I’ve added three new items to the Canadian SIGINT Summaries. The Summaries include downloadable copies of leaked Communications Security Establishment(CSE) documents, along with summary, publication, and original source information.1 CSE is Canada’s foreign signals intelligence agency and has operated since the Second World War.
Documents were often produced by CSE’s closest partners which, collectively, form the ‘Five Eyes’ intelligence network. This network includes the CSE, the National Security Agency (NSA), the Government Communications Headquarters (GCHQ), Australian Signals Directorate (ASD),2 and Government Communications Security Bureau (GCSB)).
All of the documents are available for download from this website. Though I am hosting the documents they were all first published by another party. The new documents and their summaries are listed below. The full list of documents and their summary information is available on the Canadian SIGINT Summaries page. Continue reading
Telecommunications transparency reports detail the frequency at which government agencies request information from telecommunications companies. Though American companies have been releasing these reports since 2009, it wasn’t until 2014 that Canadian companies began to follow suit. As part of my work at the Citizen Lab I’ve analyzed the Canadian reports against what makes an effective transparency report, with ‘effectiveness’ relating to achieving public policy goals as opposed to ‘having an effect’ in terms of generating media headlines.
Today I’m publishing a draft paper that summarizes my current analyses. The paper is titled, “Do Transparency Reports Matter for Public Policy? Evaluating the effectiveness of telecommunications transparency reports” and is available for download. I welcome feedback on what I’ve written and look forward to the conversations that it spurs in Canada and further abroad.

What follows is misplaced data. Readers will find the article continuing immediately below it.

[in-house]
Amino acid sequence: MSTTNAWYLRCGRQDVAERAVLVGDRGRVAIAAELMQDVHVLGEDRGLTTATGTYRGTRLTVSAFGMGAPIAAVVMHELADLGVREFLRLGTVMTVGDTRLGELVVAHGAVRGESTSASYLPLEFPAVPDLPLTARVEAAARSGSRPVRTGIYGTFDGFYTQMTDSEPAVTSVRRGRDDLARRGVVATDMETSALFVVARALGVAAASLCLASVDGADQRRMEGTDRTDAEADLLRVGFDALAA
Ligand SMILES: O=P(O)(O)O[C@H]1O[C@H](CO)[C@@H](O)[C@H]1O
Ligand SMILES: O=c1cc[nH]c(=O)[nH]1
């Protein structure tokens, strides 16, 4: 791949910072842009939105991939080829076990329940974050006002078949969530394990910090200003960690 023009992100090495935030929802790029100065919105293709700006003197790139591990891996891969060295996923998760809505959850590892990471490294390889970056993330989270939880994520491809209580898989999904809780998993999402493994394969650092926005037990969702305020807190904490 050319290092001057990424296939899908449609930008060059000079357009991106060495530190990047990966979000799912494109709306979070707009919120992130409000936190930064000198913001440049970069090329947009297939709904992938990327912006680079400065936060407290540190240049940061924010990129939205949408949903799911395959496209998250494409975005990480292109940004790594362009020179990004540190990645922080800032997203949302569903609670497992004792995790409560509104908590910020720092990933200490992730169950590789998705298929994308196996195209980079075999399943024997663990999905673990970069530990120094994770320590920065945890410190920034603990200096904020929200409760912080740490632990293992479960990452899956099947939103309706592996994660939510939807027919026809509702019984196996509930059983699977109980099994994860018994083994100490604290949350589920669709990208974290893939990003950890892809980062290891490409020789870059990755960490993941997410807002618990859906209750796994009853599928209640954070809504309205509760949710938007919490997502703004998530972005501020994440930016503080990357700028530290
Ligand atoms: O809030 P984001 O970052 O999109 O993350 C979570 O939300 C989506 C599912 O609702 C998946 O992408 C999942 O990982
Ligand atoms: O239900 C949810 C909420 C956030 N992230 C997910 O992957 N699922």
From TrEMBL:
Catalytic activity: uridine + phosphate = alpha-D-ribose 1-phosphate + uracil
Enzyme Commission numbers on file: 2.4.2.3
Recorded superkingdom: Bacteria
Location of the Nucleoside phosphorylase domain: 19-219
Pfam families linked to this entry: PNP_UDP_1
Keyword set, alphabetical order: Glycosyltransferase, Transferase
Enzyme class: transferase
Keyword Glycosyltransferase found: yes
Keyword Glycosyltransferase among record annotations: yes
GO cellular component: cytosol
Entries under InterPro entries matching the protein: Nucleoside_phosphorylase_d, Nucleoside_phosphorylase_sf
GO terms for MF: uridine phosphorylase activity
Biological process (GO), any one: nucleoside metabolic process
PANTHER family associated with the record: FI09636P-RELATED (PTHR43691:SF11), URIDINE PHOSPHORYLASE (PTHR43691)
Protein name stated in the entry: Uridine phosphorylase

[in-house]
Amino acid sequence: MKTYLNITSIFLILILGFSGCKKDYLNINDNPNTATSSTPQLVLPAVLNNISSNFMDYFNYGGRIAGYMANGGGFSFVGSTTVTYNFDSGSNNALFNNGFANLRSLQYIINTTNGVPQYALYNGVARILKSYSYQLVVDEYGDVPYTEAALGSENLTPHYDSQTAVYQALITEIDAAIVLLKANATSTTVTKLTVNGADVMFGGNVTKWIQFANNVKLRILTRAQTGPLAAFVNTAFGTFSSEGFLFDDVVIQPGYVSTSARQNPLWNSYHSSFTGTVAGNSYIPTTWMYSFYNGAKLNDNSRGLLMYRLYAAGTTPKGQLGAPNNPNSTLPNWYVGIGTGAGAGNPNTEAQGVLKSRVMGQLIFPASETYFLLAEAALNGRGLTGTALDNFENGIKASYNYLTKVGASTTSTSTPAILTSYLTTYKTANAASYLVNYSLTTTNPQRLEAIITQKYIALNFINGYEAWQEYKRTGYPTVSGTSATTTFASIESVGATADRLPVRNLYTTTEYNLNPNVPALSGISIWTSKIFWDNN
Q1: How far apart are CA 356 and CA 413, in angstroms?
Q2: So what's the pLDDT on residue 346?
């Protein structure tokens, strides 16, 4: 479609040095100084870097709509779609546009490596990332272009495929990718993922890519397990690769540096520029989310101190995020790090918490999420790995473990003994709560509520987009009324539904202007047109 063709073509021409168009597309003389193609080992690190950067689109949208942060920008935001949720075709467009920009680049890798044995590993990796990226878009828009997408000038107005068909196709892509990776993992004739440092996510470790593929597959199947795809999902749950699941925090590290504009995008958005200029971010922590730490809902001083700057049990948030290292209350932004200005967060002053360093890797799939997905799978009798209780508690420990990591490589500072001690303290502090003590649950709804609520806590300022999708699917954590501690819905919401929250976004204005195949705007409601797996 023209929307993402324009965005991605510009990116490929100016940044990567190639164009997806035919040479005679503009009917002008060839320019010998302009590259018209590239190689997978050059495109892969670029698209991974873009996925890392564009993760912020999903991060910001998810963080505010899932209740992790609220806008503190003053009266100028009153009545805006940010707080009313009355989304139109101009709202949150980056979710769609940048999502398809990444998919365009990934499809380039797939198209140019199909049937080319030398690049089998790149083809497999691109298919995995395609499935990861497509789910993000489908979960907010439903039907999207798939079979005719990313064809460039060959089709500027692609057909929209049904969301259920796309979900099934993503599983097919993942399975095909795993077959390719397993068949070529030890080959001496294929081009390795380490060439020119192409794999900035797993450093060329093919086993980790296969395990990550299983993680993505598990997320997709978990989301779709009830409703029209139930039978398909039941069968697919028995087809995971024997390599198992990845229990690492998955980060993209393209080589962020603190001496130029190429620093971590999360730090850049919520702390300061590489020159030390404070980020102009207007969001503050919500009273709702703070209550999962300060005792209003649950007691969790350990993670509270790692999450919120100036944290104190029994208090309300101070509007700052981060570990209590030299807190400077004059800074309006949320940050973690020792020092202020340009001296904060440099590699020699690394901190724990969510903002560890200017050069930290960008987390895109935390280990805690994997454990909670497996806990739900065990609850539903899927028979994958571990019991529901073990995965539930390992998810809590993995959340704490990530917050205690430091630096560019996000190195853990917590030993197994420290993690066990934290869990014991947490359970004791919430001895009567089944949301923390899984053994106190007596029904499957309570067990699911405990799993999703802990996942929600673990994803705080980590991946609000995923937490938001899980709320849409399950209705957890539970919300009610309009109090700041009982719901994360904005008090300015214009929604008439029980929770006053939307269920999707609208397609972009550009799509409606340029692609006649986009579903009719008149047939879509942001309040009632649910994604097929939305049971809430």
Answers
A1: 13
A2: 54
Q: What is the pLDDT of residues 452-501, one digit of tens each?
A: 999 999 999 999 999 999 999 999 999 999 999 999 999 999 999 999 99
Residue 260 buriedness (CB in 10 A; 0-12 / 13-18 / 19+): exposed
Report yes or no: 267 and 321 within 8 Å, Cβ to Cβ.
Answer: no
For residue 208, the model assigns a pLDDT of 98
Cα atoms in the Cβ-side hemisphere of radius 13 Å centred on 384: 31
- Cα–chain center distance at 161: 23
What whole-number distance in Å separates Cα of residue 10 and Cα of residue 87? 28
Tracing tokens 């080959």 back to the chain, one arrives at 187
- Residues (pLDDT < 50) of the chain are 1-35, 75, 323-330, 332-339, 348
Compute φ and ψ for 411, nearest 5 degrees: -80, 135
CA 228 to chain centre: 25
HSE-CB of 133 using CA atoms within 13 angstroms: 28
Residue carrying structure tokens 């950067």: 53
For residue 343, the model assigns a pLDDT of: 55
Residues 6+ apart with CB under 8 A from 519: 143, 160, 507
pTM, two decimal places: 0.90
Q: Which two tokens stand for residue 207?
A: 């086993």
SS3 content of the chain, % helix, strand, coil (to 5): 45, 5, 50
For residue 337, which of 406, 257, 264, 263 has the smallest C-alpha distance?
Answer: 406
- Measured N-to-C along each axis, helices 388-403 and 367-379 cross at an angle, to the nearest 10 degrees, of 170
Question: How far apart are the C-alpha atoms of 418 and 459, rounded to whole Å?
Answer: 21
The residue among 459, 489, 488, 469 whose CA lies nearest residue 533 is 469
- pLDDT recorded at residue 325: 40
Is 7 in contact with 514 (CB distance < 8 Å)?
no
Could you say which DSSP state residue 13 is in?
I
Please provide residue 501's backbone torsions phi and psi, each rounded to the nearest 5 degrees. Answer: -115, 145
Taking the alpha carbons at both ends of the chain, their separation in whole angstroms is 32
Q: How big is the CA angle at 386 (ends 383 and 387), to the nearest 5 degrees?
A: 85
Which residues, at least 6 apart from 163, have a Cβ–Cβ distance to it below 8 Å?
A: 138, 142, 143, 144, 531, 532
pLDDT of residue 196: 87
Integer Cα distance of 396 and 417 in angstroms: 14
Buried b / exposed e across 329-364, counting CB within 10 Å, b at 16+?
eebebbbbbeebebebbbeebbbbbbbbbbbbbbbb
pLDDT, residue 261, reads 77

Telecommunications companies across Canada have begun to release transparency reports to explain what data the companies collect, what data they retain and for how long, and to whom that data is, or has been, disclosed to. This article evaluates the extent to which Canadian telecommunications companies’ transparency reports respond to a set of public policy goals set by civil society advocates, academics, and corporations, namely: of contextualizing information about government surveillance actions, of legitimizing the corporate disclosure of data about government-mandated surveillance actions, and of deflecting or responding to telecommunications subscribers’ concerns about how their data is shared between companies and the government. In effect, have the reports been effective in achieving the aforementioned goals or have they just had the effect of generating press attention?
After discussing the importance of transparency reports generally, and the specificities of the Canadian reports released in 2014, I argue that companies must standardize their reports across the industry and must also publish their lawful intercept handbooks for the reports to be more effective. Ultimately, citizens will only understand the full significance of the data published in telecommunications companies’ transparency when the current data contained in transparency reports is contextualized by the amount of data that each type of request can provide to government agencies and the corporate policies dictating the terms under which such requests are made and complied with.
Download Telecommunications Transparency in Canada 1.5 (Public Draft) (Alternate SSRN link)